Another issue on my agenda, and apparently mine alone, is cattle fences around streams and creeks.
Sounds like a good idea, right? Cows degrade water and if we keep cows out of our waters, it will help water quality. Except for one small problem. It keeps out everything else. And while this may upset our farmers, other animals, besides cattle, need to drink and eat and use the riparian zone. Essentially, fences prioritize cattle over wildlife.
Biodiversity is the most important element of a healthy ecosystem. And that results in resiliency and protects water quality and quantity. Having wildlife living in and travel through our riparian areas protects the integrity of functioning ecosystems, which is something that fences destroy. Somehow, that part of the equation is always lost on people.
And we put fences up without any analysis of wildlife impacts, or migration corridors or habitat connectivity, and then wonder why all these environmental laws do not work. Not only is the [Whatcom County] council actively promoting more fences, they are failing to require best management practices for how to construct fences to minimize the danger.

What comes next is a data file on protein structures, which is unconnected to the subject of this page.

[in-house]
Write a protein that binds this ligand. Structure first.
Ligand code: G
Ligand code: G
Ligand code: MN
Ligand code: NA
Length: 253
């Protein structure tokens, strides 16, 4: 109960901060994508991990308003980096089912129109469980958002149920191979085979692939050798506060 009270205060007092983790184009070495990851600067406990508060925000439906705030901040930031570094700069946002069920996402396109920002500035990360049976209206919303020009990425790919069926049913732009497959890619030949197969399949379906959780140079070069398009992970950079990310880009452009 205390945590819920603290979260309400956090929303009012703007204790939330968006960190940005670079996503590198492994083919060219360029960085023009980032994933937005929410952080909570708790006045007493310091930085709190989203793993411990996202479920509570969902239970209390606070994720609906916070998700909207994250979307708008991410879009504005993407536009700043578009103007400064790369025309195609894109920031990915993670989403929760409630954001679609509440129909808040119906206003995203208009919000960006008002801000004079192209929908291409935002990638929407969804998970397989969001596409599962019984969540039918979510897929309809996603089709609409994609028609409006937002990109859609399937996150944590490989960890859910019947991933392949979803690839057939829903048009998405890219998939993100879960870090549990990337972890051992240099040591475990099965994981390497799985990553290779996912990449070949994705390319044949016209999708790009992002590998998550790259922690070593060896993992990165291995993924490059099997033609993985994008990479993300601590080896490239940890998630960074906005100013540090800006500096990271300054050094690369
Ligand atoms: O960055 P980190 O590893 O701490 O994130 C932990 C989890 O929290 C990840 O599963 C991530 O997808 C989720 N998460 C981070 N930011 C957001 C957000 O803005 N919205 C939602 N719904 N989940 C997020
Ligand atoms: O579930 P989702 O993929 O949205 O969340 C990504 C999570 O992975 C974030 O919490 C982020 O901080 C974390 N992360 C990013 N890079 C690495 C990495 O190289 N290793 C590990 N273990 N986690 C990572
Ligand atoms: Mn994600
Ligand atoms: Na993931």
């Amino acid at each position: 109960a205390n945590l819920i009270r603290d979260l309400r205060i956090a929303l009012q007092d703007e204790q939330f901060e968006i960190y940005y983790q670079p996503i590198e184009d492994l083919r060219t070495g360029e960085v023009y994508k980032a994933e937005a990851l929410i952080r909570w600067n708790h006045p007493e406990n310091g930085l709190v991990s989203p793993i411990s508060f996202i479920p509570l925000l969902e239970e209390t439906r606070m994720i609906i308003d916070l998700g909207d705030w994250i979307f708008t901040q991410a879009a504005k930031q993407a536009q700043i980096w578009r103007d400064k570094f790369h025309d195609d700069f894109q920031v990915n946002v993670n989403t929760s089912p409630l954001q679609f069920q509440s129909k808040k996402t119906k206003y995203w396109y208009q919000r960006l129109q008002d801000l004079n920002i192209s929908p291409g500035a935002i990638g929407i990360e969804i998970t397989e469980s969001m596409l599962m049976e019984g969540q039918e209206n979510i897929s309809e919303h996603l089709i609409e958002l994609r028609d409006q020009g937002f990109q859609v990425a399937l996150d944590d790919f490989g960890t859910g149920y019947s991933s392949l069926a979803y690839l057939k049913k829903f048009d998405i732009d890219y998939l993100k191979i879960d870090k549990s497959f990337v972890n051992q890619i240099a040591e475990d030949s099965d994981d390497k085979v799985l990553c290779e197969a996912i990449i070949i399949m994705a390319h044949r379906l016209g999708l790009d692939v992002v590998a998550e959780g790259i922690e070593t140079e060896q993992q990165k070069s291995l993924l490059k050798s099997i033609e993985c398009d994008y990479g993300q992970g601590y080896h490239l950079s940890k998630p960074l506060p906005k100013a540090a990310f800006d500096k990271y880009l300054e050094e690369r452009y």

There is never any discussion of alternatives to fences, like a big vegetated buffer. Maybe it time to look at the real impacts from cattle and determine the county’s carrying load.. i.e, the amount of cattle that can be raised here without interfering with healthy ecosystem function, or not interfering too much, and mitigation Frankly, I do not care if this makes running a farm more expensive. Pass that cost along to the consumer, who will pay more for beef and pork. Right now we are eating meat at subsidized rates at the cost to our environmental. We all know that has to stop.
Let’s start now by looking at alternatives to fences, or at least some of the fences, based on a characterization and review of ecosystem processes within a watershed and where this would and would not be appropriate. Let’s remove policies and regulations promoting fences. This is short term and costly solution to a long term problem. Come on, County Council. Bit the bullet now.
I will be sharing some stories about the impacts to wildlife caught, hurt, or killed from fences so people will begin to understand the casualties we are creating for our local species.